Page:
Good governance is the way to ensure adequate infrastructure, energy, skilled manpower, political stability and investment-friendly climate to achieve high economic growth, International Chamber of Commerce-Bangladesh said in its bulletin.
Bangladesh needs at least 7-8 percent growth to become a middle-income country; and to achieve that growth investment to GDP ratio must be at 30 percent, according to the bulletin which was released yesterday.
In developing countries like Bangladesh, growth in private sector investment is crucial for achieving the targeted GDP growth, it said.
The private sector in Bangladesh has made tremendous contribution in achieving and maintaining 6 percent plus GDP growth in the last two decades.
“However, growth of private investment has become stagnant in the last couple of years, mainly because of the political instability, lack of good governance and inadequate development of infrastructure.”
Foreign direct investment (FDI) has also not been up to the required level although Bangladesh is offering one of the best incentive schemes, the chamber said.
A wide balance of payments surplus is making it difficult for the central bank to keep foreign exchange rate stable and reduce inflationary pressures, it said.
The central bank's buying spree of foreign currency means that the banks are flush with local currency, raising their tendency to lend to non-productive sectors and in turn increase inflation, ICCB observed.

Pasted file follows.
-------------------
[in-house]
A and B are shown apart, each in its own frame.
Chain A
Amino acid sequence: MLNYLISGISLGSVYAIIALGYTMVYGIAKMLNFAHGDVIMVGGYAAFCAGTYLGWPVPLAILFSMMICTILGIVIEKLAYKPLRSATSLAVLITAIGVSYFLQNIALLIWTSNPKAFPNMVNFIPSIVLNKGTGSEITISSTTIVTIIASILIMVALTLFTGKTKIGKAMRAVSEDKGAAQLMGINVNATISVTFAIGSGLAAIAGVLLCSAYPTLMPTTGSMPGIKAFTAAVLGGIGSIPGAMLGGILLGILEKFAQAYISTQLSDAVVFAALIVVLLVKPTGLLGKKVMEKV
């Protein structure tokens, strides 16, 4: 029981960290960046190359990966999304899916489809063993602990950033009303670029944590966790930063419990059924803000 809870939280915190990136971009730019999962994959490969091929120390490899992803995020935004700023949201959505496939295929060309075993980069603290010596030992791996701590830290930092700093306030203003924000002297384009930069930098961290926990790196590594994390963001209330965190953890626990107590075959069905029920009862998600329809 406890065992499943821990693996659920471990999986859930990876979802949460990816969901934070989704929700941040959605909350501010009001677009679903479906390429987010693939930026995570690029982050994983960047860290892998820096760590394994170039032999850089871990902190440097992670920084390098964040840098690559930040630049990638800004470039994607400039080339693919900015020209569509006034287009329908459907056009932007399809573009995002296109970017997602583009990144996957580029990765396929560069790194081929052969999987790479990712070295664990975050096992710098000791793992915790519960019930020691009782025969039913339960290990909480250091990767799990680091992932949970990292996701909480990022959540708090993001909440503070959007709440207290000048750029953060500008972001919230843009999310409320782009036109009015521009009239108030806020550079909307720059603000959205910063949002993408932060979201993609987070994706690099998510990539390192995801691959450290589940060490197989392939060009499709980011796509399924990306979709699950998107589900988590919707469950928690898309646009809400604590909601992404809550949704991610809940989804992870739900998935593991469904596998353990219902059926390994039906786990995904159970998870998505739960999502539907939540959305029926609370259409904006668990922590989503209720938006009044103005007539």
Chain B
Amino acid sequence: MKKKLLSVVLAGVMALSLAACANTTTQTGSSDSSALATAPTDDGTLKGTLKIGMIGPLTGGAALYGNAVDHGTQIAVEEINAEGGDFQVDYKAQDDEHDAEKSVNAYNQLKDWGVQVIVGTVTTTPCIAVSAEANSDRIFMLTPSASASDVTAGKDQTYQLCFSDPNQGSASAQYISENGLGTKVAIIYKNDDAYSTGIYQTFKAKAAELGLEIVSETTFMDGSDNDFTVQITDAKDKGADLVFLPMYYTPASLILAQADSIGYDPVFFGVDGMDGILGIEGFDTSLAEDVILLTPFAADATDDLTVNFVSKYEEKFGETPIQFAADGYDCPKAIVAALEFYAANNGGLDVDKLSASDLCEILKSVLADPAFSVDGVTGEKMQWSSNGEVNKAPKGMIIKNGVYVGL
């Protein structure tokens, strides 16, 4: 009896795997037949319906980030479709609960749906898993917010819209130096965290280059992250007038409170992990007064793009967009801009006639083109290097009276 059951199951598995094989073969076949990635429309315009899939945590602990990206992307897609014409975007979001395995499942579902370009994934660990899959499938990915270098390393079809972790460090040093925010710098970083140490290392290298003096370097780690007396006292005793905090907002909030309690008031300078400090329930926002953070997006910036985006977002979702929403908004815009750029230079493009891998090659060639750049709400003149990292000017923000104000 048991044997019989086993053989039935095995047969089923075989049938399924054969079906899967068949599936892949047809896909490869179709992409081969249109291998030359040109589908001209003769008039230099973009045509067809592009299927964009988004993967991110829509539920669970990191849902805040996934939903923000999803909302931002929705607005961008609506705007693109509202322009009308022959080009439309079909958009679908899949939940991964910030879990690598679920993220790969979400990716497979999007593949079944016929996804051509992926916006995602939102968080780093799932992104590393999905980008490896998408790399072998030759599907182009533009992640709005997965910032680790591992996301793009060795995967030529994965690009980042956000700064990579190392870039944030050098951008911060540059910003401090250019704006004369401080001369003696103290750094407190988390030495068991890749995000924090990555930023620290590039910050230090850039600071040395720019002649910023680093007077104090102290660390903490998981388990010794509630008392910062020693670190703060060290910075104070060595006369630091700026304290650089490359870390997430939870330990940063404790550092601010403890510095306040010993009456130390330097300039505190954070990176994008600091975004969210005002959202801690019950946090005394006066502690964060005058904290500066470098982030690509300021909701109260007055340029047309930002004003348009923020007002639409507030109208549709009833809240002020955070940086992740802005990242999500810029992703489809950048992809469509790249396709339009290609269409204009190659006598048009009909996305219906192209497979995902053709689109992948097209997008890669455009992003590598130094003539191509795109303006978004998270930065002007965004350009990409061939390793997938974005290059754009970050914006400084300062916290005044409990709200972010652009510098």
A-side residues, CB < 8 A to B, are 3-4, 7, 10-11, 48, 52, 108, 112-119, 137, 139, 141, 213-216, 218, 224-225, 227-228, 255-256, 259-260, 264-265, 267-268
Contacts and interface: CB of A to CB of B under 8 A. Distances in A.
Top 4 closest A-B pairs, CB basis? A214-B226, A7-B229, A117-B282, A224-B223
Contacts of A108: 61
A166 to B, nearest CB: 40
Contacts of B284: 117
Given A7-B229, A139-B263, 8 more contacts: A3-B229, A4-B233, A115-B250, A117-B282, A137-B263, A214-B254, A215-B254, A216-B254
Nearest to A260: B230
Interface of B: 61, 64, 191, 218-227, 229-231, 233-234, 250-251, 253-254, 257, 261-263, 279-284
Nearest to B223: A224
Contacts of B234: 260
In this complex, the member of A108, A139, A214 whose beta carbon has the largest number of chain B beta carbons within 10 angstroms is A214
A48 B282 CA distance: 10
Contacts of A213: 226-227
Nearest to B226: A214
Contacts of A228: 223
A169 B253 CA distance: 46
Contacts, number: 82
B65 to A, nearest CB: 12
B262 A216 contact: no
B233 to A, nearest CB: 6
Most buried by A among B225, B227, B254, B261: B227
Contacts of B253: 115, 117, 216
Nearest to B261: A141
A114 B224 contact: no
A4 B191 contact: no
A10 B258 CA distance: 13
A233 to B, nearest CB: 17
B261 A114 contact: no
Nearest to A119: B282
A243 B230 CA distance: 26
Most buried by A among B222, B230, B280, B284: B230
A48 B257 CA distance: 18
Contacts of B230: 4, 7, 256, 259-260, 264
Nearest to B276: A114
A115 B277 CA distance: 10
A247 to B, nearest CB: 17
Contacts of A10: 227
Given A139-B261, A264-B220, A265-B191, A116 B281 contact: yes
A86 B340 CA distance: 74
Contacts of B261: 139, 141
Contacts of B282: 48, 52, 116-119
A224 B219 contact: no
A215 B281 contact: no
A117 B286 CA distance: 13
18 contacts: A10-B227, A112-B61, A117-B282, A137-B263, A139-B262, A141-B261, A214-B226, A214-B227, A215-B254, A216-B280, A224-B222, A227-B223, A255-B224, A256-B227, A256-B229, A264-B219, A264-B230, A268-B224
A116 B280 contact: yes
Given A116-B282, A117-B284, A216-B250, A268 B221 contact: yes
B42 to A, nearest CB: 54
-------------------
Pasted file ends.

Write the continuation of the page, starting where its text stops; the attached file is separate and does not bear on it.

Another cause of rise in surplus is increase in both long- and short-term foreign loans due to lower interest rates as well as decrease in net trade credit and trade deficit.
Commercial banks should actively consider lowering the interest rate to attract investment in basic industries and infrastructure, it said.
According to the World Bank, Bangladesh will have to spend $7.4 billion to $10 billion a year until 2020 to bring its power grids, roads and water supplies up to the standard needed to serve its growing population.
Bangladesh will have to give the highest priority to its transport sector for which the country needs to spend between $36 billion and $45 billion for expanding its communication network, ICCB commented.
The power sector will require an investment between $11 billion and $16.5 billion to take credible electricity to the poor in the country where about half of the population is still not connected to the national grid.
In addition, improving water supply and sanitation will need a flow of investment of $12 billion to $18 billion, solid waste management $2.1 billion to $4.2 billion, telecom $5 billion, and irrigation $7.7 billion to $11.6 billion until 2020, the chamber said.
Similarly, the Asian Development Bank observed that Bangladesh needs to grow rapidly through massive investment in infrastructure, skills development and trade logistics to have a middle income status by 2021, it said.